National Public Radio
June 21, 2010
RENEE MONTAGNE, host:
And when we talk about the financial crisis, we often hear about inadequate regulation, greedy bankers, irresponsible consumers. University of Chicago economist Raghu Rajan points to another cause: social inequality. He says disparity in income is one of the fault lines that contributed to the recent financial earthquake. Rajan's new book is called "Fault Lines," and he joined us to talk about it.
Professor RAGHU RAJAN (Economist, University of Chicago; Author, "Fault Lines"): This wasn't the typical boom and bust that characterizes the housing economy. This was a boom where the poorest people and their houses went up the most in price and came down the most, and I point to income inequality.
The problem in the United States is that incomes for people with college degrees, has grown much faster than income of those only with high school degrees. And the reason, really, is that technology implies that people today require much more of an education, you know, to the jobs that are available. But the supply of the educated is not keeping pace with the demand for them. As a result, people who have the education are growing much richer than people who don't.
MONTAGNE: So you're not talking about the very rich. You're talking about middle-class, maybe upper-middle-class, versus people who are what we might call working-class.
Prof. RAJAN: Absolutely. And I'm saying that people in the working class need a better education. But education is very hard to fix. So with the American middle class slipping behind, there's immense pressure on the politicians to do something.
The buttons that were easy for them to push was more credit, because some of the institutions that offer credit, especially in housing, were affiliated or controlled by the government.
Now, what I want to argue is that housing credit became a palliative which had support from both the left and the right. And so you had President Clinton talking about the affordable housing mandate. You have President Bush talking about the ownership society. But both pushed government agencies and the quasi- government agencies to send a lot of money towards low-income housing, and that did push up housing prices a lot at the lower end and eventually led to a collapse in those prices.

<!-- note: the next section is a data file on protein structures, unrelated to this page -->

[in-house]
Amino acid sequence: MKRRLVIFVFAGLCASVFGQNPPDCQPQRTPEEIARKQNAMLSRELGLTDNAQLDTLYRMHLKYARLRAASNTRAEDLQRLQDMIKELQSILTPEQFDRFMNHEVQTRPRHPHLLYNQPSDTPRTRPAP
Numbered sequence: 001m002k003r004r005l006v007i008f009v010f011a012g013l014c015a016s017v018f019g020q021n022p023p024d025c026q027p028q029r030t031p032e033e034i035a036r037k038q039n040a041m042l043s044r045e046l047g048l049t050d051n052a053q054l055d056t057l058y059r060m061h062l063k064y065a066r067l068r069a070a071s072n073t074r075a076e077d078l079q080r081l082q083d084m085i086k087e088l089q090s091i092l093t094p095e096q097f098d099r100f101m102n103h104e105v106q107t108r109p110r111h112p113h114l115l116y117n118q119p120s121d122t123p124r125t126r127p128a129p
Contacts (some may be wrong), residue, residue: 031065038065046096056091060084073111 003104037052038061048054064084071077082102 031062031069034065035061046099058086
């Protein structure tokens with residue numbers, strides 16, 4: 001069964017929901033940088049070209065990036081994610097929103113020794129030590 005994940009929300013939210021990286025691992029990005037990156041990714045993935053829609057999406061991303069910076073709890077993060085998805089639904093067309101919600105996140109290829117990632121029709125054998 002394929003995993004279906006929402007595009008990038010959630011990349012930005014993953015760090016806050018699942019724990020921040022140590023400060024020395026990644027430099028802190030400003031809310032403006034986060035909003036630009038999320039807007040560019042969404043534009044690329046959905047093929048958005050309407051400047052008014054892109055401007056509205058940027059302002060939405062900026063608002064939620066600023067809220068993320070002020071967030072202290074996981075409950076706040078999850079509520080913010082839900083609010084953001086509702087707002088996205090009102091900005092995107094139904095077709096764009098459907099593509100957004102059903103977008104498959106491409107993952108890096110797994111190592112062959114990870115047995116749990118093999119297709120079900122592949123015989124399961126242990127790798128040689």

MONTAGNE: You draw comparisons to history, in particular, I'm thinking the 1910's and 1920's, the years leading up to the stock market crash that kicked off the Great Depression.
Prof. RAJAN: Absolutely. We had another big transformation towards the end of the 19th century. And again, at that time, you had a rise in inequality and you had the farmers falling behind. And at that time, the farmers pushed again politically for more credit, and the outcome was an expansion in banking, a tremendous expansion in banking in the early part of 20th century.
And in many ways, the farm sector was a subprime sector of the Great Depression. There were lots of farm foreclosures. "The Grapes of Wrath" is a classic book on that phenomenon. And many banks who had lent to these farmers, again, went out of business. So this is not a new phenomenon in U.S. history. And instead of doing the things that are needed to make society transition towards a better distribution of income, we use credit to fill the gap.
MONTAGNE: You've just spoken about one fundamental problem or fault line. What would be another one?
Prof. RAJAN: Well, the second fault line I want to talk about is the fact that the recovery from recessions has become much more prolonged, especially in terms of jobs. Because the United States has very narrow safety nets, or very limited safety nets, there's a tremendous amount of anxiety created amongst the unemployed. There's huge anxiety, while in Spain, they endure 20 percent unemployment without a revolution or without the kind of anxiety that we have here.
So the point I'm trying to make here is the nature of U.S. recessions were compatible with the U.S. safety net in the past: quick recessions, short safety net. Now what has happened is that with the recessions - at least the jobless part of it - lasting much longer, the safety net is inadequate. And we have to think about this, whether we can afford the kinds of policies that come into substitute for the safety net, policies that expand the deficit widely, policies that lead to very low interest rates for a sustained period in a somewhat futile attempt to get funds to higher.
MONTAGNE: Raghu Rajan is a professor at the University of Chicago's Booth School of Business. His new book is "Fault Lines."